Navigation Links
Dietary flexibility may have helped some large predators survive after last ice age

During the late Pleistocene, a remarkably diverse assemblage of large-bodied mammals inhabited the "mammoth steppe," a cold and dry yet productive environment that extended from western Europe through northern Asia and across the Bering land bridge to the Yukon. Of the large predators--wolves, bears, and big cats--only the wolves and bears were able to maintain their ranges well after the end of the last ice age.

A new study led by researchers at the University of California, Santa Cruz, suggests that dietary flexibility may have been an important factor giving wolves and bears an edge over saber-toothed cats and cave lions.

"We found that dietary flexibility was strongly species-specific, and that large cats were relatively inflexible predators compared to wolves and bears. This is a key observation, as large cats have suffered severe range contractions since the last glacial maximum, whereas wolves and bears have ranges that remain similar to their Pleistocene ranges," said Justin Yeakel, first author of a paper on the new findings published in the Proceedings of the Royal Society B.

Yeakel, now a postdoctoral researcher at Simon Fraser University in British Columbia, worked on the study as a graduate student at UC Santa Cruz with coauthor Paul Koch, professor of Earth and planetary sciences at UCSC. The other coauthors are Paulo Guimares of the University of So Paolo, Brazil, and Herv Bocherens of the University of Tbingen, Germany.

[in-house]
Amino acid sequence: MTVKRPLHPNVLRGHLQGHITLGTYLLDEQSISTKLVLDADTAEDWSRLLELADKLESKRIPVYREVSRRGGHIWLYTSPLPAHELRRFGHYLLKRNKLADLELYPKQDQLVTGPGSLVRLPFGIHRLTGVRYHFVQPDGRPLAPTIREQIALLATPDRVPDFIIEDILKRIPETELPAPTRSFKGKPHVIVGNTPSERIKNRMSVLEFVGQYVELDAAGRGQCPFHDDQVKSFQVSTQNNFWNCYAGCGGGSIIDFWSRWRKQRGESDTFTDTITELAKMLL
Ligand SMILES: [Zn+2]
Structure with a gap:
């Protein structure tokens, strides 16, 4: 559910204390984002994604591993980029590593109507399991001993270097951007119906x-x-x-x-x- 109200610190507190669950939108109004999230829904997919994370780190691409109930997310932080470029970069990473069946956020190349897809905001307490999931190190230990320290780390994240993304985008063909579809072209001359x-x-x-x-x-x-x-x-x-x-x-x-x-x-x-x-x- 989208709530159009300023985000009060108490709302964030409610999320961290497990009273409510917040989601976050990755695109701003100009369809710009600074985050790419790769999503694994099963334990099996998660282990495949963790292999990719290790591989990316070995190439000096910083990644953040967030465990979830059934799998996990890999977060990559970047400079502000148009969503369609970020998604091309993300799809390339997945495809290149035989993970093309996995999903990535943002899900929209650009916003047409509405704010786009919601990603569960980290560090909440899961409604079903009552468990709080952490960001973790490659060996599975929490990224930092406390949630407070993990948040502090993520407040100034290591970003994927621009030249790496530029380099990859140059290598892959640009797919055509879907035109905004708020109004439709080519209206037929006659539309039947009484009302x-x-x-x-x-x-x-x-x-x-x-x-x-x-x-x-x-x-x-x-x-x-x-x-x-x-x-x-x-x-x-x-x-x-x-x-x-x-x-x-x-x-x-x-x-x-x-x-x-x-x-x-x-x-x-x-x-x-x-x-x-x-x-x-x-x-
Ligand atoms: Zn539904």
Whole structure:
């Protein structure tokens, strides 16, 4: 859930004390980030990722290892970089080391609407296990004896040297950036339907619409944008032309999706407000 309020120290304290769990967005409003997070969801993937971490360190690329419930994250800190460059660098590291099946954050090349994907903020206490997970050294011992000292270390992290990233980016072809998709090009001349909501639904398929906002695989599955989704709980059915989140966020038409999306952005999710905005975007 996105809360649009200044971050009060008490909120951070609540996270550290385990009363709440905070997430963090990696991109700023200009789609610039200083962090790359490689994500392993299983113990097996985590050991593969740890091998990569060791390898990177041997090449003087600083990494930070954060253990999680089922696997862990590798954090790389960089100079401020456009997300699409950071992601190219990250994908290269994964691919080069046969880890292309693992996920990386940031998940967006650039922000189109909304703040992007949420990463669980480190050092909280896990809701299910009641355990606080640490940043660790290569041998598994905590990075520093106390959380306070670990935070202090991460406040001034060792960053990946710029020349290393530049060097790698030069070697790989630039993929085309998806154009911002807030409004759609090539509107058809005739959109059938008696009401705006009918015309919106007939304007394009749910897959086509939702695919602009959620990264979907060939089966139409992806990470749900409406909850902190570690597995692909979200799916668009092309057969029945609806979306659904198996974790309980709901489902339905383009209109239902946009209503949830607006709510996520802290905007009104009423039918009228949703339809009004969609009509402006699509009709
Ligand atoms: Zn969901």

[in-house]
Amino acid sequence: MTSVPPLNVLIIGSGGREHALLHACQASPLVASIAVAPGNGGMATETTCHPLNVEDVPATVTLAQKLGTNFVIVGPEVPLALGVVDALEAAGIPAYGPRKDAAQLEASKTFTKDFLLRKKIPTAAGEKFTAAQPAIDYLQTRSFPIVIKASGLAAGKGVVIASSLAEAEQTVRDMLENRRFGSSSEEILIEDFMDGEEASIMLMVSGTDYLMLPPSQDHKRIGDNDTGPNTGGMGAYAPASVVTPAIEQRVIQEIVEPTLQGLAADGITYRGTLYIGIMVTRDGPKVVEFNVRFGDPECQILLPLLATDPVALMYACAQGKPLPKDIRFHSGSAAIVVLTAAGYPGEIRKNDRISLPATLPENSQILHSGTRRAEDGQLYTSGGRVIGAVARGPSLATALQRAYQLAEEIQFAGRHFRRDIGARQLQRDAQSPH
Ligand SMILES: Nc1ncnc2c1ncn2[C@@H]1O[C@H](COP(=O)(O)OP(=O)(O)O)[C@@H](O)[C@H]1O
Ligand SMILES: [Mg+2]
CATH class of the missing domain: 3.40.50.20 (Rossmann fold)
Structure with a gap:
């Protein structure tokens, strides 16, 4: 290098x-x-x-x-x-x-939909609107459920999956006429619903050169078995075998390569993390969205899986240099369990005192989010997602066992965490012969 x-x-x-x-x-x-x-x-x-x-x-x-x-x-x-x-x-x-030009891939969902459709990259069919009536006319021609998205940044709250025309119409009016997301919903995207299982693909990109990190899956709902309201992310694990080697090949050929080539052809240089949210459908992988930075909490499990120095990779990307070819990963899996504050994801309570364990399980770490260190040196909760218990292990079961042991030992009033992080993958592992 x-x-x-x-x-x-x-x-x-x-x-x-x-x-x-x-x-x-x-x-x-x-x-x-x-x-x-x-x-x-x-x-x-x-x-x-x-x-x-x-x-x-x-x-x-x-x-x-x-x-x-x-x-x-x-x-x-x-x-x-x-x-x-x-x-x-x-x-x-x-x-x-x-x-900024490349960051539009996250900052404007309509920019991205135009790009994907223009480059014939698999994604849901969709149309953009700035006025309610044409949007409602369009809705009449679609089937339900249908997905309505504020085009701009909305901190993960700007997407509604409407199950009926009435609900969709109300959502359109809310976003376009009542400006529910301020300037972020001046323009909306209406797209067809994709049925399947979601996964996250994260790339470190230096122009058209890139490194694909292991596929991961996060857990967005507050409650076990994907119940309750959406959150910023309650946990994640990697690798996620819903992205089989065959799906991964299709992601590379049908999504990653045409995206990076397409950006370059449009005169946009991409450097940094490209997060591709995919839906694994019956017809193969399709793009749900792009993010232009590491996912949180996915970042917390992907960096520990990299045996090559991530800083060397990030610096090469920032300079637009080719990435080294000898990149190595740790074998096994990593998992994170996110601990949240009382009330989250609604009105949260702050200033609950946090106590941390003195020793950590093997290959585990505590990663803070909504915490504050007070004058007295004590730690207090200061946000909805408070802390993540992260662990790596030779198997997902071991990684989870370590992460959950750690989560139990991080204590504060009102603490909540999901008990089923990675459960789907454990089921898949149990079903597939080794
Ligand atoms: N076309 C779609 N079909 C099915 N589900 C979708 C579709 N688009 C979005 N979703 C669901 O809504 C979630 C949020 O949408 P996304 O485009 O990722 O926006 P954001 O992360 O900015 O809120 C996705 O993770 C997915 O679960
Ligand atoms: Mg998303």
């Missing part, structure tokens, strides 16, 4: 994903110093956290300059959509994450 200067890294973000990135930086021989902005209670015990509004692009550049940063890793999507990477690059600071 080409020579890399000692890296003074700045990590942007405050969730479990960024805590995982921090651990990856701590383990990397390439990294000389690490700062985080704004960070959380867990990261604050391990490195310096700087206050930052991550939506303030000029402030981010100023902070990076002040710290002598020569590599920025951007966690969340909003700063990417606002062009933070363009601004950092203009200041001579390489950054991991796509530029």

The researchers based their findings on an analysis of stable isotope ratios, chemical traces in fossil bones that can be used to reconstruct an animal's diet. They used previously published stable isotope datasets to reconstruct predator-prey interactions at six sites located from Alaska to western Europe. The sites covered a range of time periods before, during and after the last glacial maximum, the period around 20 to 25 thousand years ago when the ice sheets reached their greatest extent.

The study found that the diets of the large cats were similar in different locations, especially in the post-glacial period. Wolves and bears, in contrast, ate different things in different locations. Prey species on the mammoth steppes included bison, horses, yaks, musk oxen, caribou, and mammoths. The researchers noticed changes in predator diets coinciding with an increase in caribou abundance starting around 20,000 years ago.